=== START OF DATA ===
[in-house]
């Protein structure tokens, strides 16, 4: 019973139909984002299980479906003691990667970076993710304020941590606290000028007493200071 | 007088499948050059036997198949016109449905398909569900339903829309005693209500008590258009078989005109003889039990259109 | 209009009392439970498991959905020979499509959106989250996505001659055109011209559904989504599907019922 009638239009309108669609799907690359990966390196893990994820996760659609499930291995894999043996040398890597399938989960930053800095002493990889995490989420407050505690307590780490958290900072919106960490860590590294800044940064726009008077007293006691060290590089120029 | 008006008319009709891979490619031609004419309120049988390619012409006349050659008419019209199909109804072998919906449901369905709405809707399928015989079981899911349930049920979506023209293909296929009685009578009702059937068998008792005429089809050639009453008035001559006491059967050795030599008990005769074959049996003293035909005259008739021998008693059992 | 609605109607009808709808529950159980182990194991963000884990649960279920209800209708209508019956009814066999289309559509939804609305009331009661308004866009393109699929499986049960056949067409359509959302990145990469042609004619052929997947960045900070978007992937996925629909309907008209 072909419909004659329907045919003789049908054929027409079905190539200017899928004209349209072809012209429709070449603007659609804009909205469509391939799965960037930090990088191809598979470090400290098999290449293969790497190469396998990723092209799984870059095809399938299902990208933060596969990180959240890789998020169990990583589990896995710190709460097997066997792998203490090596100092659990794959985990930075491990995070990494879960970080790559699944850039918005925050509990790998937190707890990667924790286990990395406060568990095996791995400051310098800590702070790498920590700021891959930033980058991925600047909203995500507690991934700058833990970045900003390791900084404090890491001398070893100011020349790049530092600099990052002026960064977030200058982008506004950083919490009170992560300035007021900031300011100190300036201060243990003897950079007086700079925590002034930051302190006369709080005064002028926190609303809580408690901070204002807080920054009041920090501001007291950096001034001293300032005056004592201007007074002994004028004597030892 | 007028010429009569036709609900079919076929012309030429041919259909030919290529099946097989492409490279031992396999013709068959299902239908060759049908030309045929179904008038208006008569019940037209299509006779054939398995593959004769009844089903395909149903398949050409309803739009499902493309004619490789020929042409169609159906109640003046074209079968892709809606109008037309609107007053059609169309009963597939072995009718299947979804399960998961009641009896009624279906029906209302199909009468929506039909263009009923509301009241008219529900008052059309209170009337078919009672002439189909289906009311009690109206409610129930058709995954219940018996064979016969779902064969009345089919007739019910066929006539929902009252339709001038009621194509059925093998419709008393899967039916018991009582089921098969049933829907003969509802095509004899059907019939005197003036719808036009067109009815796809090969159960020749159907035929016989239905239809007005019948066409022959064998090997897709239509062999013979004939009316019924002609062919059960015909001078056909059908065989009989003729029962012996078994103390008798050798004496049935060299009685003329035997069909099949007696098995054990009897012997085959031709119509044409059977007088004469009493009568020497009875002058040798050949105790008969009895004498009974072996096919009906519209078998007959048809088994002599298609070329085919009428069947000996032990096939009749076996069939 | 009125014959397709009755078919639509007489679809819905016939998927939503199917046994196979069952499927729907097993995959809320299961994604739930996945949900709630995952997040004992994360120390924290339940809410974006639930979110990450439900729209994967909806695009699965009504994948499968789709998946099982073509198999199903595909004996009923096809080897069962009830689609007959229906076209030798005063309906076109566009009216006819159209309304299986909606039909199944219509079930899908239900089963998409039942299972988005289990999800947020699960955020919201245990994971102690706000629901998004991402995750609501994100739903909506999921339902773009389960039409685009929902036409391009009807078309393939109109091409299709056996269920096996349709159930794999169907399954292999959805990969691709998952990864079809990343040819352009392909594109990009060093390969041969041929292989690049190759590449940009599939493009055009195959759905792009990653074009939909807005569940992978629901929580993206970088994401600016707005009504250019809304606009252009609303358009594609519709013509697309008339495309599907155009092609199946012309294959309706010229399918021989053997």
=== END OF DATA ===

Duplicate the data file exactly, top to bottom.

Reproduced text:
[in-house]
């Protein structure tokens, strides 16, 4: 019973139909984002299980479906003691990667970076993710304020941590606290000028007493200071 | 007088499948050059036997198949016109449905398909569900339903829309005693209500008590258009078989005109003889039990259109 | 209009009392439970498991959905020979499509959106989250996505001659055109011209559904989504599907019922 009638239009309108669609799907690359990966390196893990994820996760659609499930291995894999043996040398890597399938989960930053800095002493990889995490989420407050505690307590780490958290900072919106960490860590590294800044940064726009008077007293006691060290590089120029 | 008006008319009709891979490619031609004419309120049988390619012409006349050659008419019209199909109804072998919906449901369905709405809707399928015989079981899911349930049920979506023209293909296929009685009578009702059937068998008792005429089809050639009453008035001559006491059967050795030599008990005769074959049996003293035909005259008739021998008693059992 | 609605109607009808709808529950159980182990194991963000884990649960279920209800209708209508019956009814066999289309559509939804609305009331009661308004866009393109699929499986049960056949067409359509959302990145990469042609004619052929997947960045900070978007992937996925629909309907008209 072909419909004659329907045919003789049908054929027409079905190539200017899928004209349209072809012209429709070449603007659609804009909205469509391939799965960037930090990088191809598979470090400290098999290449293969790497190469396998990723092209799984870059095809399938299902990208933060596969990180959240890789998020169990990583589990896995710190709460097997066997792998203490090596100092659990794959985990930075491990995070990494879960970080790559699944850039918005925050509990790998937190707890990667924790286990990395406060568990095996791995400051310098800590702070790498920590700021891959930033980058991925600047909203995500507690991934700058833990970045900003390791900084404090890491001398070893100011020349790049530092600099990052002026960064977030200058982008506004950083919490009170992560300035007021900031300011100190300036201060243990003897950079007086700079925590002034930051302190006369709080005064002028926190609303809580408690901070204002807080920054009041920090501001007291950096001034001293300032005056004592201007007074002994004028004597030892 | 007028010429009569036709609900079919076929012309030429041919259909030919290529099946097989492409490279031992396999013709068959299902239908060759049908030309045929179904008038208006008569019940037209299509006779054939398995593959004769009844089903395909149903398949050409309803739009499902493309004619490789020929042409169609159906109640003046074209079968892709809606109008037309609107007053059609169309009963597939072995009718299947979804399960998961009641009896009624279906029906209302199909009468929506039909263009009923509301009241008219529900008052059309209170009337078919009672002439189909289906009311009690109206409610129930058709995954219940018996064979016969779902064969009345089919007739019910066929006539929902009252339709001038009621194509059925093998419709008393899967039916018991009582089921098969049933829907003969509802095509004899059907019939005197003036719808036009067109009815796809090969159960020749159907035929016989239905239809007005019948066409022959064998090997897709239509062999013979004939009316019924002609062919059960015909001078056909059908065989009989003729029962012996078994103390008798050798004496049935060299009685003329035997069909099949007696098995054990009897012997085959031709119509044409059977007088004469009493009568020497009875002058040798050949105790008969009895004498009974072996096919009906519209078998007959048809088994002599298609070329085919009428069947000996032990096939009749076996069939 | 009125014959397709009755078919639509007489679809819905016939998927939503199917046994196979069952499927729907097993995959809320299961994604739930996945949900709630995952997040004992994360120390924290339940809410974006639930979110990450439900729209994967909806695009699965009504994948499968789709998946099982073509198999199903595909004996009923096809080897069962009830689609007959229906076209030798005063309906076109566009009216006819159209309304299986909606039909199944219509079930899908239900089963998409039942299972988005289990999800947020699960955020919201245990994971102690706000629901998004991402995750609501994100739903909506999921339902773009389960039409685009929902036409391009009807078309393939109109091409299709056996269920096996349709159930794999169907399954292999959805990969691709998952990864079809990343040819352009392909594109990009060093390969041969041929292989690049190759590449940009599939493009055009195959759905792009990653074009939909807005569940992978629901929580993206970088994401600016707005009504250019809304606009252009609303358009594609519709013509697309008339495309599907155009092609199946012309294959309706010229399918021989053997």